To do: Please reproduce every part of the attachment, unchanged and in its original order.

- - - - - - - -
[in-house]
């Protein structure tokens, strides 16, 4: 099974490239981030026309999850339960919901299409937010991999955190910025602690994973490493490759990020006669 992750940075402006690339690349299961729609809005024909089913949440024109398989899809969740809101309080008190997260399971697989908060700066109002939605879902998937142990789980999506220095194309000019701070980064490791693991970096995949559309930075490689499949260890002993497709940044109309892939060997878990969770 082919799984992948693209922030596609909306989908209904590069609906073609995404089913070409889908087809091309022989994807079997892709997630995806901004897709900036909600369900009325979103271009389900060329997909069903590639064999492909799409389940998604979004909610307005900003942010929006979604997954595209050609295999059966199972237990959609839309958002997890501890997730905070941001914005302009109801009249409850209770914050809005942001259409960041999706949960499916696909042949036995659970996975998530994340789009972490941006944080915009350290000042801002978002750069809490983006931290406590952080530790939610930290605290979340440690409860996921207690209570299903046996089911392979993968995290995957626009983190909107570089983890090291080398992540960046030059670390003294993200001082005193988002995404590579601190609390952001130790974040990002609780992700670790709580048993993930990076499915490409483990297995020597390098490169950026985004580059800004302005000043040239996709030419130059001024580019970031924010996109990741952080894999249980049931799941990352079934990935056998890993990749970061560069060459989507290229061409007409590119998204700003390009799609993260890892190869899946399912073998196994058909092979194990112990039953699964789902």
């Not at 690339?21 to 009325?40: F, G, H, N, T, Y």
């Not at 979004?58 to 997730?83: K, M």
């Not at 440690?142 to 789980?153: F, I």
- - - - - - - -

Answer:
[in-house]
């Protein structure tokens, strides 16, 4: 099974490239981030026309999850339960919901299409937010991999955190910025602690994973490493490759990020006669 992750940075402006690339690349299961729609809005024909089913949440024109398989899809969740809101309080008190997260399971697989908060700066109002939605879902998937142990789980999506220095194309000019701070980064490791693991970096995949559309930075490689499949260890002993497709940044109309892939060997878990969770 082919799984992948693209922030596609909306989908209904590069609906073609995404089913070409889908087809091309022989994807079997892709997630995806901004897709900036909600369900009325979103271009389900060329997909069903590639064999492909799409389940998604979004909610307005900003942010929006979604997954595209050609295999059966199972237990959609839309958002997890501890997730905070941001914005302009109801009249409850209770914050809005942001259409960041999706949960499916696909042949036995659970996975998530994340789009972490941006944080915009350290000042801002978002750069809490983006931290406590952080530790939610930290605290979340440690409860996921207690209570299903046996089911392979993968995290995957626009983190909107570089983890090291080398992540960046030059670390003294993200001082005193988002995404590579601190609390952001130790974040990002609780992700670790709580048993993930990076499915490409483990297995020597390098490169950026985004580059800004302005000043040239996709030419130059001024580019970031924010996109990741952080894999249980049931799941990352079934990935056998890993990749970061560069060459989507290229061409007409590119998204700003390009799609993260890892190869899946399912073998196994058909092979194990112990039953699964789902």
């Not at 690339?21 to 009325?40: F, G, H, N, T, Y």
């Not at 979004?58 to 997730?83: K, M």
């Not at 440690?142 to 789980?153: F, I």